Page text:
The heads of state and government of more than 40 European countries are expected to attend the first meeting of a new political community in Prague today. In the format initiated by French President Emmanuel Macron, the EU states want to improve cooperation with other European countries.
The talks of the so-called European Political Community are likely to focus on Russia's war of aggression against Ukraine and its consequences. The aim of the meeting is one thing above all: to demonstrate a united European front against Moscow.
In addition to the 27 EU countries, 17 other countries were invited. These include Ukraine, Turkey, Norway, Switzerland and the western Balkan states of Serbia, Montenegro, North Macedonia, Albania, Bosnia-Herzegovina and Kosovo. Ukraine will be represented by Prime Minister Denys Schmyhal. President Volodymyr Zelenskyj is to be connected via video. The new British Prime Minister Liz Truss, whose country left the EU at the beginning of 2020, is also expected.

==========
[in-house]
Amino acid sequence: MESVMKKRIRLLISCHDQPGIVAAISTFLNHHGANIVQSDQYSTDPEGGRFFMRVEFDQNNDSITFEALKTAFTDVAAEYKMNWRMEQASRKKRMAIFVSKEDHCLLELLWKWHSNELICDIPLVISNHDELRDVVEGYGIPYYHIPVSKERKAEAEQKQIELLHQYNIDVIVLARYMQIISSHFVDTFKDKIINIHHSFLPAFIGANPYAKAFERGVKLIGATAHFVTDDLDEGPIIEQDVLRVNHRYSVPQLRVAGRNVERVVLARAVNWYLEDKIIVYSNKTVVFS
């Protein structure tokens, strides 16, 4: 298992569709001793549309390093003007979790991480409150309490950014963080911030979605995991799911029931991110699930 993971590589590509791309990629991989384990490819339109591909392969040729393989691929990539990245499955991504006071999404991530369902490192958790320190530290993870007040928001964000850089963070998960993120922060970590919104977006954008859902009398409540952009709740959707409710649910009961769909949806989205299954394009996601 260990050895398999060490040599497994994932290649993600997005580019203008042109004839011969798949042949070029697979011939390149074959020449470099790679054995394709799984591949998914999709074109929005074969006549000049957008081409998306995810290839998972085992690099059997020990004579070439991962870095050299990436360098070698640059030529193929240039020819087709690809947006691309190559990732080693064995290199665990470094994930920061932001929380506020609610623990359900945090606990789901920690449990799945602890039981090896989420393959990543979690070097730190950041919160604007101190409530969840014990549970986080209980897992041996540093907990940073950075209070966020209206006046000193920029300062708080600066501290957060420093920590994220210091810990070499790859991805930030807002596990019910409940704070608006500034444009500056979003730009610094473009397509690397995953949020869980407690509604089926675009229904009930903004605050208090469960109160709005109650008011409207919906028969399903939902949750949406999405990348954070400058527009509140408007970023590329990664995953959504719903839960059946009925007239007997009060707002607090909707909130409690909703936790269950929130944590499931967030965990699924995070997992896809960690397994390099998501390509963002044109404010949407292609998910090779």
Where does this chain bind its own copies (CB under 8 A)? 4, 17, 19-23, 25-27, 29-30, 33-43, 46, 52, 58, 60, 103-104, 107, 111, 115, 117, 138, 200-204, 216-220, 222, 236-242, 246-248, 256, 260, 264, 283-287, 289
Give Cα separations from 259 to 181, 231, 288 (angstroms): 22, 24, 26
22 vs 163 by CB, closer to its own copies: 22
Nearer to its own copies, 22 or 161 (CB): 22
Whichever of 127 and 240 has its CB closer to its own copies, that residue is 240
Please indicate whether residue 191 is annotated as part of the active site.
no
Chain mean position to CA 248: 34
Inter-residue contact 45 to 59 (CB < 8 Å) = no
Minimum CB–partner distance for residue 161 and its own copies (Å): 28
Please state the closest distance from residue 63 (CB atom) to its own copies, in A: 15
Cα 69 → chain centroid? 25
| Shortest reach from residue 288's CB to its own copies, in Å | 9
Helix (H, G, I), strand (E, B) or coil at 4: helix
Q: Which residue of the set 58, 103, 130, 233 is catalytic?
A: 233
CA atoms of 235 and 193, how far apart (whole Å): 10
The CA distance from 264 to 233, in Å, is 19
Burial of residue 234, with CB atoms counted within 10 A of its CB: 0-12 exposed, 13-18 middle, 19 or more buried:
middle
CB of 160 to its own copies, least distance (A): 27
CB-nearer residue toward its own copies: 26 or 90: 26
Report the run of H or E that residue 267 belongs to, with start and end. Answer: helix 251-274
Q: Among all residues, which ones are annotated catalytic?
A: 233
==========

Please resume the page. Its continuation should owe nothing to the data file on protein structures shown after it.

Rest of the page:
An informal summit of the 27 EU countries is also planned
Of the 44 countries invited, only Danish Prime Minister Mette Frederiksen is likely to be absent from the meeting in the new format for domestic reasons. An informal summit of the 27 EU countries is also planned for Friday in the Czech capital. Even then, the Russian invasion of Ukraine and its consequences for the energy markets, for example, should dominate. The Czech Republic currently holds the rotating presidency of the EU states.
French President Macron launched the idea for the new political community in May. The 44-year-old wants to use them to improve cooperation with partners who will not be admitted to the EU in the foreseeable future or who do not want to be. Specifically, he repeatedly mentioned Ukraine, which recently officially became a candidate for EU membership, but according to current EU rules can probably only become a member in the next decade at the earliest.
Germany is now also supporting the French push for the new format. At the moment there is no forum where the EU heads of state and government could discuss key issues with partner countries once or twice a year, said Chancellor Scholz in a keynote address on European policy at the end of August. At the same time, he emphasized that such a merger should not be an alternative to EU enlargement.